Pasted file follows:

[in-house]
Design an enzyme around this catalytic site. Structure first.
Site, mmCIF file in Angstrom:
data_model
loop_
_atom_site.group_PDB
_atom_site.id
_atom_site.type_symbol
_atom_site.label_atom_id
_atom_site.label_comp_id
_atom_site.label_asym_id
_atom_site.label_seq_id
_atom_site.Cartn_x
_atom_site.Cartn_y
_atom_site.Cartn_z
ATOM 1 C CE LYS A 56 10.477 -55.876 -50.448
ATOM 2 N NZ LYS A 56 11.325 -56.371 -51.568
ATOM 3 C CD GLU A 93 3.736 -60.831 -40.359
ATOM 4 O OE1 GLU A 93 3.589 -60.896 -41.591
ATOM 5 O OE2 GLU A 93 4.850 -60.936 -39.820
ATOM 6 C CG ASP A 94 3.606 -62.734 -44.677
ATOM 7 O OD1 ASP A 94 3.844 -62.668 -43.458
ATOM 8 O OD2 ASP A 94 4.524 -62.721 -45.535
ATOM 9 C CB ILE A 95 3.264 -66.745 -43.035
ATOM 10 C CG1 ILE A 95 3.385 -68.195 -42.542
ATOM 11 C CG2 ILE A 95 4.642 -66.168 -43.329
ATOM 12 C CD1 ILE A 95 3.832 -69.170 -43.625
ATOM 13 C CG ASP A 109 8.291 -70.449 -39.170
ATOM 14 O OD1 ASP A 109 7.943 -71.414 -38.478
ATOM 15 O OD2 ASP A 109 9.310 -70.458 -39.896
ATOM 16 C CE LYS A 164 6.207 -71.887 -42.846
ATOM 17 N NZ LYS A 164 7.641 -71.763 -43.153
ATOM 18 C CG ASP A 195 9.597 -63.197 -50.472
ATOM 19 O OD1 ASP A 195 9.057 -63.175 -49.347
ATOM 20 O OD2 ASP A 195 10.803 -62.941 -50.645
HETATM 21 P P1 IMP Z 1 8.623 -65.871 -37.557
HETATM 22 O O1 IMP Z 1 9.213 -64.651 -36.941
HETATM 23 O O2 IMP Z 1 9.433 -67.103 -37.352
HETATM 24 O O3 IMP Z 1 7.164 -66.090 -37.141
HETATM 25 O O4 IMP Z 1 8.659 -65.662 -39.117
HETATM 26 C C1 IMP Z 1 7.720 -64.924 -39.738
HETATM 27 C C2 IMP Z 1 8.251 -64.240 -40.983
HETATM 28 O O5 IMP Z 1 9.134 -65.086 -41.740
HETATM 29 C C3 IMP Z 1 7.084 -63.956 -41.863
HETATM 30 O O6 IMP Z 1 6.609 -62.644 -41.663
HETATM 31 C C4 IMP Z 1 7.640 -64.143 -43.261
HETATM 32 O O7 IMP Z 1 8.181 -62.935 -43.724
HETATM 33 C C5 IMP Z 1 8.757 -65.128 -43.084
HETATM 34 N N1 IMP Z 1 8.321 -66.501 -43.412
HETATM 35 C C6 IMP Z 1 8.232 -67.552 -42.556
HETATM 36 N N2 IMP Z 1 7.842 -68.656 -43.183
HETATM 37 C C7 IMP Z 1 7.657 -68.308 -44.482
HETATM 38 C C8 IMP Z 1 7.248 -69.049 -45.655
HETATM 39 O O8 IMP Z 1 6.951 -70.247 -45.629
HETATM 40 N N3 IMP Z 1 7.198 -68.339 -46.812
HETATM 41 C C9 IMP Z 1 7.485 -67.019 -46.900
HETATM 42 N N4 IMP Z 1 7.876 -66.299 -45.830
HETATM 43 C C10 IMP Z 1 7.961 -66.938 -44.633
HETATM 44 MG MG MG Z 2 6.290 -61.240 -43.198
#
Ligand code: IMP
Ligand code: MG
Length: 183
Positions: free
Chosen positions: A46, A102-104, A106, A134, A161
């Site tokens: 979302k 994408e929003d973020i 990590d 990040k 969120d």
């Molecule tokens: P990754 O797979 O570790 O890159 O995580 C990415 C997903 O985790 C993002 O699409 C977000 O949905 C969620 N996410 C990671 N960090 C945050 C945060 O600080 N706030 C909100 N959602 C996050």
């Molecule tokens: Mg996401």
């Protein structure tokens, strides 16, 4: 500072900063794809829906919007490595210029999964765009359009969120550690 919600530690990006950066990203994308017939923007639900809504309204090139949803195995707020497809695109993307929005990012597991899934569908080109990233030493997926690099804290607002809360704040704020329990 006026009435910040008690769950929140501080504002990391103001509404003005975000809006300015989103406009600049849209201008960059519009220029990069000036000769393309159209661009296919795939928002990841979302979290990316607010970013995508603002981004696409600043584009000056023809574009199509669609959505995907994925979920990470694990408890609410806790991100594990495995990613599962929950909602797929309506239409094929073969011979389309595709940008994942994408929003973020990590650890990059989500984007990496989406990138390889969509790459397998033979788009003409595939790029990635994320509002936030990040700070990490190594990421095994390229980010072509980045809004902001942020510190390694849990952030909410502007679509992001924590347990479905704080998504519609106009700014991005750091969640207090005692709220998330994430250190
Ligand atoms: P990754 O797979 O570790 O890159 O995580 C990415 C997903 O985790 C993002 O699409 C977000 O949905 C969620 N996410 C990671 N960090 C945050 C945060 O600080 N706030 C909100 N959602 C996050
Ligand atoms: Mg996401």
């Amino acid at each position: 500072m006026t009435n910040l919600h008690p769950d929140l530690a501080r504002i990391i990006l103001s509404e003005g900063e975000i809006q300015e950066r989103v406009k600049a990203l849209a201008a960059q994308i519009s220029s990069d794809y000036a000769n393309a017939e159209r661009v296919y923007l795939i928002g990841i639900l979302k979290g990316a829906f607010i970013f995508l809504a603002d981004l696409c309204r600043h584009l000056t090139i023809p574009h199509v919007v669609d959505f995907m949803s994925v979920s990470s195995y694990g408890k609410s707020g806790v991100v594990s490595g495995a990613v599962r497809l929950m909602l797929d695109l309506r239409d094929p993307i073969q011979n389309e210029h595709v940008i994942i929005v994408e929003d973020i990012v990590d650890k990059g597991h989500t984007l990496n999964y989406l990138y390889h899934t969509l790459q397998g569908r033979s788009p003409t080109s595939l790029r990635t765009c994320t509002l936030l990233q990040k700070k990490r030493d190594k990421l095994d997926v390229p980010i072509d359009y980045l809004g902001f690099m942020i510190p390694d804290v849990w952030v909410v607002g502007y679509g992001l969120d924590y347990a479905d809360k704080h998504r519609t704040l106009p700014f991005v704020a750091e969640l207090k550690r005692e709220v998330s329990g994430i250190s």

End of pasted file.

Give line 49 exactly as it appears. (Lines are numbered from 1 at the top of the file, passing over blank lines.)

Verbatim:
HETATM 34 N N1 IMP Z 1 8.321 -66.501 -43.412